[ISN] Cybercrime treaty, protective principle and cyberwar

From: InfoSec News (isnat_private)
Date: Fri Nov 30 2001 - 03:29:13 PST

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    Forwarded from: Jei <jeiat_private>
    ---------- Forwarded message ----------
    Date: Wed, 28 Nov 2001 18:03:37 -0600
    From: Aimee Farr <aimee.farrat_private>
    Reply-To: Law & Policy of Computer Communications <CYBERIA-Lat_private>
    To: CYBERIA-Lat_private
    Subject: Cybercrime treaty, protective principle and cyberwar
    US assumes global cyber-police authority
    By Mark Rasch
    Posted: 27/11/2001 at 10:32 GMT
    Nevertheless, these cases demonstrate an important principle of
    international law -- the so-called "protective principle."
    Interesting article, courtesy of Hettinga's list.
    Q: Can the lawyers here square the "protective principle" of the law of
    nations with the reach of the cybercrime treaty, given that we've
    traditionally invoked it where an extraterritorial crime directly affects
    its nationals with a fairly strong connection? (i.e., an agent is shot in a
    foreign country.)
    I support criminal prosecution for extraterritorial acts where appropriate,
    but the seminal cases involving extraordinary rendition (forcible abduction)
    often offend my sense of justice, and do not give me great confidence that
    we will abstain from over-reaching.
    For example, in Yunis, the hijacker had already spent seven years in a Malta
    prison when we lured him to international waters to bring him to the U.S.
    for prosecution. United States v. Yunis, 924 F.2d 1086. The Toscanio
    exception (500/F2d/267) to the Ker-Frisbie Doctrine of "kidnapping is okay"
    seems to only apply in gross situations, such as those involving torture.
    See also United States v. Alvarez-Machain (who just recovered civil damages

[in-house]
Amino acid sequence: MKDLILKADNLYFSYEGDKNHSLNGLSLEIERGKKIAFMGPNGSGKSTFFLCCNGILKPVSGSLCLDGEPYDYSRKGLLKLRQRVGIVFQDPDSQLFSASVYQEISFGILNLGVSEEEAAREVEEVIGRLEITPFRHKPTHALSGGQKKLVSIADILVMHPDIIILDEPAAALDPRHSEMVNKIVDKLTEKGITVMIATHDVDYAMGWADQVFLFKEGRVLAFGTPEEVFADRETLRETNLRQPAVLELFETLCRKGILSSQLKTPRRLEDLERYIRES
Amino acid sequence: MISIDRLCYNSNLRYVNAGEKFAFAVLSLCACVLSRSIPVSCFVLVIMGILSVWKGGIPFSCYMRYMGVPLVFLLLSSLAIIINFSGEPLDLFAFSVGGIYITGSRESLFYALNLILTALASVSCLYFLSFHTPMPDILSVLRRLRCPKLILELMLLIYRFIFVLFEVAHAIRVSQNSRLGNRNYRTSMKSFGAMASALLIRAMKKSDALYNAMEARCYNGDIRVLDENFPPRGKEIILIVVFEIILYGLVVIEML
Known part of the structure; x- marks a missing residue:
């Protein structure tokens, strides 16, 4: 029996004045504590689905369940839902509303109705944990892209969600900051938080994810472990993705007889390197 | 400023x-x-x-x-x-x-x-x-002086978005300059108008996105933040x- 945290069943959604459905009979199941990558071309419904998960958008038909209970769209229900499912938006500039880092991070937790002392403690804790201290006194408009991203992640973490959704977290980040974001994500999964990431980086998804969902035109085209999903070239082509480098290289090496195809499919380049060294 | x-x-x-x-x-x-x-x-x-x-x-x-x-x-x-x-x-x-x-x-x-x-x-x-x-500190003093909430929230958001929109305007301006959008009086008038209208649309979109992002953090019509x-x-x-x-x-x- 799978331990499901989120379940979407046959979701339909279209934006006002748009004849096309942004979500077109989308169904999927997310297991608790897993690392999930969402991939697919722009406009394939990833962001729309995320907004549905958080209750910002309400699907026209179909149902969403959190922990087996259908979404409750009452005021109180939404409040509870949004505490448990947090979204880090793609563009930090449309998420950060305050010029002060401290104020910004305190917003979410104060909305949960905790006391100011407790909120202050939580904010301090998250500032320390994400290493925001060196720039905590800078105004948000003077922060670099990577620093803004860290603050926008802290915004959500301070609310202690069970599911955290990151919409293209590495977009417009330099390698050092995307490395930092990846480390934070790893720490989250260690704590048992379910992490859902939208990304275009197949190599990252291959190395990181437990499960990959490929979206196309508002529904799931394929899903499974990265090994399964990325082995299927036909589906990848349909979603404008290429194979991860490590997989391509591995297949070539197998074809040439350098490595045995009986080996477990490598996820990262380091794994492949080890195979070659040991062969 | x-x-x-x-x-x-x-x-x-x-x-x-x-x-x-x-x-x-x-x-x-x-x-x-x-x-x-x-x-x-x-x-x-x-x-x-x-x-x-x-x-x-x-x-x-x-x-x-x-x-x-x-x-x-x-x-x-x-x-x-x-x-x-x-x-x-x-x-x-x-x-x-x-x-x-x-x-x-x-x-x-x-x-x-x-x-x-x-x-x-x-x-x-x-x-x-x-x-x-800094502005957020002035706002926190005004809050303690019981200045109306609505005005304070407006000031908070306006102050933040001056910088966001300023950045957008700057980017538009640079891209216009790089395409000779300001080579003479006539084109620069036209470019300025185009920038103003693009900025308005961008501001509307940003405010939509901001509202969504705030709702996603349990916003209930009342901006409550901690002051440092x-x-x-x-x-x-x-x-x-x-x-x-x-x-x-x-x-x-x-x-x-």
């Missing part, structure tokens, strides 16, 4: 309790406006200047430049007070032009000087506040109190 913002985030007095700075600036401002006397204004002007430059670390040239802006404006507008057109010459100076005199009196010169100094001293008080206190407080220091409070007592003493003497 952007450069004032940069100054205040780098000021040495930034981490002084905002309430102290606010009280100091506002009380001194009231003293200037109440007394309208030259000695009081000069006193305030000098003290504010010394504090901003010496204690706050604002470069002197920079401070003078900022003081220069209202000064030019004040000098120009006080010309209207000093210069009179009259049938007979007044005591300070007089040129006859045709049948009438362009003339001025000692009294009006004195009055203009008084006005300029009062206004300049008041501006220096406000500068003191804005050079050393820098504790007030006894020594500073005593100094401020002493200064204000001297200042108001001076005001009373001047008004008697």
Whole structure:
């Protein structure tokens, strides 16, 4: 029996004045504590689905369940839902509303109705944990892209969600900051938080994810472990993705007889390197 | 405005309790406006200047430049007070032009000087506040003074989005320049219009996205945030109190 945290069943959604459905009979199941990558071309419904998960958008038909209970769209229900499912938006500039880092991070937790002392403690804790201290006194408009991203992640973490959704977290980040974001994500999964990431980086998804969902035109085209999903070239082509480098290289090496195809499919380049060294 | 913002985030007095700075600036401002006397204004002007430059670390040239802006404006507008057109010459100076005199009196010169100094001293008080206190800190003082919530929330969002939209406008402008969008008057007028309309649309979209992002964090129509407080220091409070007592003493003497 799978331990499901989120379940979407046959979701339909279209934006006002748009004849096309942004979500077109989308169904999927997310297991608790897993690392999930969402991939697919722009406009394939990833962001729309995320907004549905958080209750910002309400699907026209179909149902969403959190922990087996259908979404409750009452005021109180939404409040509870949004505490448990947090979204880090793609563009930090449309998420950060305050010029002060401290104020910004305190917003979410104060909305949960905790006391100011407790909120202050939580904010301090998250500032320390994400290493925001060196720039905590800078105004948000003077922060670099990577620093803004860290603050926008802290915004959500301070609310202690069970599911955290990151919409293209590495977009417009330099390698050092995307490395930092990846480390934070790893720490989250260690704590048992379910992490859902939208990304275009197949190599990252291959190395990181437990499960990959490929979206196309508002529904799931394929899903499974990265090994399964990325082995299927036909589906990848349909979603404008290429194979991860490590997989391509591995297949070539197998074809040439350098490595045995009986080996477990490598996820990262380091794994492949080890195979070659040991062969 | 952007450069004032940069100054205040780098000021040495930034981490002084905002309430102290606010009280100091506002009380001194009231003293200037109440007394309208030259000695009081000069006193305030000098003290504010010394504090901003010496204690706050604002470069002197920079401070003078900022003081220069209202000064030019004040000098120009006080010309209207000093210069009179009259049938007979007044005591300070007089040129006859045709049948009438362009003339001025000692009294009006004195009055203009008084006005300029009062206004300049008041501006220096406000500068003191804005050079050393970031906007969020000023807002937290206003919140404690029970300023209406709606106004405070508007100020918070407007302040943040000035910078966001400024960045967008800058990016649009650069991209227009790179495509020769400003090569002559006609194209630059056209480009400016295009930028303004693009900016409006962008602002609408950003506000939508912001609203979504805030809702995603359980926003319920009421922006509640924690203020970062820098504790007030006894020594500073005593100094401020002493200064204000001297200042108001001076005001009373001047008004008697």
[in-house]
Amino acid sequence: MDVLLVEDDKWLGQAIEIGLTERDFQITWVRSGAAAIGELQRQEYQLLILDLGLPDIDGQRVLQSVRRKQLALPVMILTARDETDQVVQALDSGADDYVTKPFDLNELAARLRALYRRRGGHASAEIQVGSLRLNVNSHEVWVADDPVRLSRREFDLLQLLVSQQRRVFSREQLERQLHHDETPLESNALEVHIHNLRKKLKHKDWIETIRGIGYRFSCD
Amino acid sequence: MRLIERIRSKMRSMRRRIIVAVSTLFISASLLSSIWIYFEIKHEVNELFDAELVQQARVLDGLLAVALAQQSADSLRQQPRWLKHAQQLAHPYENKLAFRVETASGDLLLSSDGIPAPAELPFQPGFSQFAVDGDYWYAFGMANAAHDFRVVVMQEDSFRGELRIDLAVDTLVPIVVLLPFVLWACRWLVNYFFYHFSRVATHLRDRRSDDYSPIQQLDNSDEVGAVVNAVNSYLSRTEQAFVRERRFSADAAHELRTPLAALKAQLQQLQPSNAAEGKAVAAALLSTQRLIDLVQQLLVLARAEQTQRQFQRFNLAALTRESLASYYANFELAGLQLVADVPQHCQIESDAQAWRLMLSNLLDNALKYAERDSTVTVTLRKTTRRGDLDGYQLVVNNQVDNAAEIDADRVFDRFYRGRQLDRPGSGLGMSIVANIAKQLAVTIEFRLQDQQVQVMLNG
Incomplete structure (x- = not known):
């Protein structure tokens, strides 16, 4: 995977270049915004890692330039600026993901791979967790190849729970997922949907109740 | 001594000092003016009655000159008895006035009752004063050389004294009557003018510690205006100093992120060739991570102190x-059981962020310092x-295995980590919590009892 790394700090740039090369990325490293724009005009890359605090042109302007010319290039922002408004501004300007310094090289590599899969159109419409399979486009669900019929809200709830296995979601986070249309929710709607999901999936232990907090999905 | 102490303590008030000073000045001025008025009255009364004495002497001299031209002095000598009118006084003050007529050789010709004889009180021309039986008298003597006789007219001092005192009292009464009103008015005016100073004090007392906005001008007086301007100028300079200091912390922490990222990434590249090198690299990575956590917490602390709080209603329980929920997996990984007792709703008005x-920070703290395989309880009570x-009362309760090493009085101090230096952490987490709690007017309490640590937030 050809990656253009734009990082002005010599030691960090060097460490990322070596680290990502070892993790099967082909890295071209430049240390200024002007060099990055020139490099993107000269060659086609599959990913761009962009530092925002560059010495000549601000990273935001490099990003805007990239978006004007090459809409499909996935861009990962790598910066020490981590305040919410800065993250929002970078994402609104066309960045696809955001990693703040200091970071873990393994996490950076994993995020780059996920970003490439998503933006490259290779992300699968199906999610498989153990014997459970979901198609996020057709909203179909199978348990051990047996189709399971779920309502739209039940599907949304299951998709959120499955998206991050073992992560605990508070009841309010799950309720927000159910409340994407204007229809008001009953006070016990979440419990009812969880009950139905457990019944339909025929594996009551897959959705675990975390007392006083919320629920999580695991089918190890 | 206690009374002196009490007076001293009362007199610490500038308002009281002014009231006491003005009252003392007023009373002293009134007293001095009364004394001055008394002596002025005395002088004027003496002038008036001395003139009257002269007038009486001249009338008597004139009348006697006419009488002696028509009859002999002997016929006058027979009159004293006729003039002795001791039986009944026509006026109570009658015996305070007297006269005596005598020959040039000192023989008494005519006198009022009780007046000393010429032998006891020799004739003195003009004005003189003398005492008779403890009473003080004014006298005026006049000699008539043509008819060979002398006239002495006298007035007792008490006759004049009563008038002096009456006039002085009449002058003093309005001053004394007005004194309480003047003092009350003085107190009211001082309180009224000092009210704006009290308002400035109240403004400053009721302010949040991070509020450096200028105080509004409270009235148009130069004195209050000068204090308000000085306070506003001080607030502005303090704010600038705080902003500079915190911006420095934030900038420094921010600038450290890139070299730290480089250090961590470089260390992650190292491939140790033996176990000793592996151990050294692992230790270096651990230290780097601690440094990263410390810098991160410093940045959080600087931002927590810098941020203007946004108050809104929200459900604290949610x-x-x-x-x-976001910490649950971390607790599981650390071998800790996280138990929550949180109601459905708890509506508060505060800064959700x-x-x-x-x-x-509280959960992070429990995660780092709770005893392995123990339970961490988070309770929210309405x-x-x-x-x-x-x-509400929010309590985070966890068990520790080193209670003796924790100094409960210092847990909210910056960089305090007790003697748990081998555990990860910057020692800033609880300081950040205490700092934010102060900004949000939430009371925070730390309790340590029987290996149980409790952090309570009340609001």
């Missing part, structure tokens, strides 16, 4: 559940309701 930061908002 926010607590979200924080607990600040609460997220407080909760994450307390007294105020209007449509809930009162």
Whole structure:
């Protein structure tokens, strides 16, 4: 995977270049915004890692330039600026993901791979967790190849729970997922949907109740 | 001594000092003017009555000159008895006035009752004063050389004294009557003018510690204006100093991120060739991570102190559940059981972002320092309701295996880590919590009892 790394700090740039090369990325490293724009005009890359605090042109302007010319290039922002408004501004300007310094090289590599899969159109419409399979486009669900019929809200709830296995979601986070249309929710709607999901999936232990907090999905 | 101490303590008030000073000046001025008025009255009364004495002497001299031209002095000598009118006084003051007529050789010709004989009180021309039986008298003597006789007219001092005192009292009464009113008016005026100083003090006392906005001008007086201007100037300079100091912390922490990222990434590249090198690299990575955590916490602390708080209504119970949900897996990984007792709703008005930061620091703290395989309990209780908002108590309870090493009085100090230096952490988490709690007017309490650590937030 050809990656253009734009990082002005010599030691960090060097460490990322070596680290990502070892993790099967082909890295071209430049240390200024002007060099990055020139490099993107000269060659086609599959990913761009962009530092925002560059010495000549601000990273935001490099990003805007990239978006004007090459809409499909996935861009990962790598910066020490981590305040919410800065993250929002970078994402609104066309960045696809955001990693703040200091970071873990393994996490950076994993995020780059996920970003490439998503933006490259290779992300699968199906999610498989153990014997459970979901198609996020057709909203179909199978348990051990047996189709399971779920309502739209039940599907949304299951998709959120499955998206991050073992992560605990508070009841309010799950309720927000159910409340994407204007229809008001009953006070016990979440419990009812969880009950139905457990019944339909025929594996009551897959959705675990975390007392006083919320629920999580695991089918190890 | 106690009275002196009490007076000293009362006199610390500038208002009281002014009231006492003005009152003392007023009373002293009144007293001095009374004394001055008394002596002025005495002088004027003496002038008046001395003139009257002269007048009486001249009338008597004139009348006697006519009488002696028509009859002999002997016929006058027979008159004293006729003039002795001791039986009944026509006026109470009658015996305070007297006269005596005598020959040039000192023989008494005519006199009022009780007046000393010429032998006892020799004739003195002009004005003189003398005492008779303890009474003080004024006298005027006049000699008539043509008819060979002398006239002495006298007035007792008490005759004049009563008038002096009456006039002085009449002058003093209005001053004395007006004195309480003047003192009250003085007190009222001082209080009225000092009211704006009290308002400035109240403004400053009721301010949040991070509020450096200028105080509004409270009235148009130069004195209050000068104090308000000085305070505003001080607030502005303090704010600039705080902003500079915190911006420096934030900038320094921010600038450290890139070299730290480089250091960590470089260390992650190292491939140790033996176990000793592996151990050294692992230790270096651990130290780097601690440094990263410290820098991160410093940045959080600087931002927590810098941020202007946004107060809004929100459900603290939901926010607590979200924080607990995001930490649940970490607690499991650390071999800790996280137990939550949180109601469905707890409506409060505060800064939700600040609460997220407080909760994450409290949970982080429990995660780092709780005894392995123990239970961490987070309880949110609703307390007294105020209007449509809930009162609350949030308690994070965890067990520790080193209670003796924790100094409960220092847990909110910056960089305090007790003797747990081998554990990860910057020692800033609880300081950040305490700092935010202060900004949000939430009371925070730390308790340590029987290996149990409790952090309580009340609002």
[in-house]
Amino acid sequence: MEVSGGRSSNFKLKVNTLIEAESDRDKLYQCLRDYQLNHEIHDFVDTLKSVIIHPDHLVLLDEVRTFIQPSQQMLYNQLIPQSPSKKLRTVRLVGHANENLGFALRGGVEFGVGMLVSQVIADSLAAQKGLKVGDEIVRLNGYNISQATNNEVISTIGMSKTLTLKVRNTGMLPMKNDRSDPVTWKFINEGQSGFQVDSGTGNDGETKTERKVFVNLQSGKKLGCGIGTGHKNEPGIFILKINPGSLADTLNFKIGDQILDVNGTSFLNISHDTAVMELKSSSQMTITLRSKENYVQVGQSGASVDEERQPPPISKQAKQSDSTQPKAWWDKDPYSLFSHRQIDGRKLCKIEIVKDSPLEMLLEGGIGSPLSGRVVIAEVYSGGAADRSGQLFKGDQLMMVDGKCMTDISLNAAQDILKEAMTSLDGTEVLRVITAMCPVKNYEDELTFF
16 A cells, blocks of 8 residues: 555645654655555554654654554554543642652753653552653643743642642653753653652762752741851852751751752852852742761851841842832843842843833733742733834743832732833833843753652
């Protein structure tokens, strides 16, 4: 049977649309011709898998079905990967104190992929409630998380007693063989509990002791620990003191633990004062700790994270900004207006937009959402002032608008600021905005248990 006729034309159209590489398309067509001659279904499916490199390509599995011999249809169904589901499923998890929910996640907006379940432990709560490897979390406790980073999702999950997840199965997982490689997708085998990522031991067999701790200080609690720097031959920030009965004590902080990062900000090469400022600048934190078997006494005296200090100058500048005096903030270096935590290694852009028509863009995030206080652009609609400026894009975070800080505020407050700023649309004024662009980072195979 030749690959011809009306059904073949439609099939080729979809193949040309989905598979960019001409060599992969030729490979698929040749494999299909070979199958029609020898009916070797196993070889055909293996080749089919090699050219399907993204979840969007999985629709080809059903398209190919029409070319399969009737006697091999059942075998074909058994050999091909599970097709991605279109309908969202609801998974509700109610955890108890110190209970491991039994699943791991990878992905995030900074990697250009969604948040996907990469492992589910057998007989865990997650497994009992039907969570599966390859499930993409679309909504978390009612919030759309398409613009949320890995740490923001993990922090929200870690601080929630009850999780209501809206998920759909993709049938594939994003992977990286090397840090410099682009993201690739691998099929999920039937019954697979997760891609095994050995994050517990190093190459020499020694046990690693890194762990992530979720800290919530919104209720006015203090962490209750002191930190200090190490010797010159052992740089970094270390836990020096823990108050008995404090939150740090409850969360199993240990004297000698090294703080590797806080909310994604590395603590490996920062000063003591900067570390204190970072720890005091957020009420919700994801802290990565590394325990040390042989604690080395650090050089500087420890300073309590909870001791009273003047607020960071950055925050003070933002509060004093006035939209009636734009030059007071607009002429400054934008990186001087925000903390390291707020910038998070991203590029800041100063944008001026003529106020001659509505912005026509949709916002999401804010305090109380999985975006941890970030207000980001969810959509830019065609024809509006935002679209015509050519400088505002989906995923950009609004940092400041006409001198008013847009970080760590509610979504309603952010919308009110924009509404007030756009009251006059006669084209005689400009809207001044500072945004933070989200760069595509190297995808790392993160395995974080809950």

in September), 504 U.S. 655 (1992). We got Noriega by military invasion.
    A means upon which to base a refusal to a demand for extradition is the
    "political offense" exception. Cyberwarfare won't qualify under some current
    court interpretations unless it's for a recognized "uniform-wearing"
    military organization conducting itself under the "laws of war," and the act
    meets territorial limitations (i.e., the act happens in the country of the
    uprising). See Quinn v. Robinson, 783/F2d/776. Legally, it doesn't sound
    like a "political uprising" could be dispersed and virtual.
    If a political hacker ring messed with "EVIL Country X" somehow, and fled to
    the U.S., my reading of current case law doesn't make it sound like we have
    grounds to refuse extradition unless they wore uniforms, had a chain of
    command, were involved in a realspace violent rebellion of CNN-caliber with
    some measure of critical mass, acted from within the target country, and
    their act didn't mess with notions of "international terrorism" or
    With the "freedom fighter" or "terrorist" question extended to cyberspace, I
    hope we haven't foreclosed the question. If so, I can envision a
    circumstance where I would find that difficult to square with our democratic
    principles and support of human rights. Targets in cyberspace are varied --
    it's not a "universality" blood-crime like hijacking.
    Q: Can some of you cyberwizards give me your thoughts (privately) on what a
    "virtual rebellion," or "virtual insurgency" might look like, and how it
    might come about? What book best examines concepts of cyber-rebellion in
    nation states?
    Sounds like it could be more effective, require fewer people, and be less
    blood-letting than traditional resistance -- so people would use it. I note
    some countries are backpeddling on democracy and taking extreme isolationist
    positions. They obviously fear we could empower some sort of virtual
    insurgency, which smacks of something beyond mere ideological subversion.
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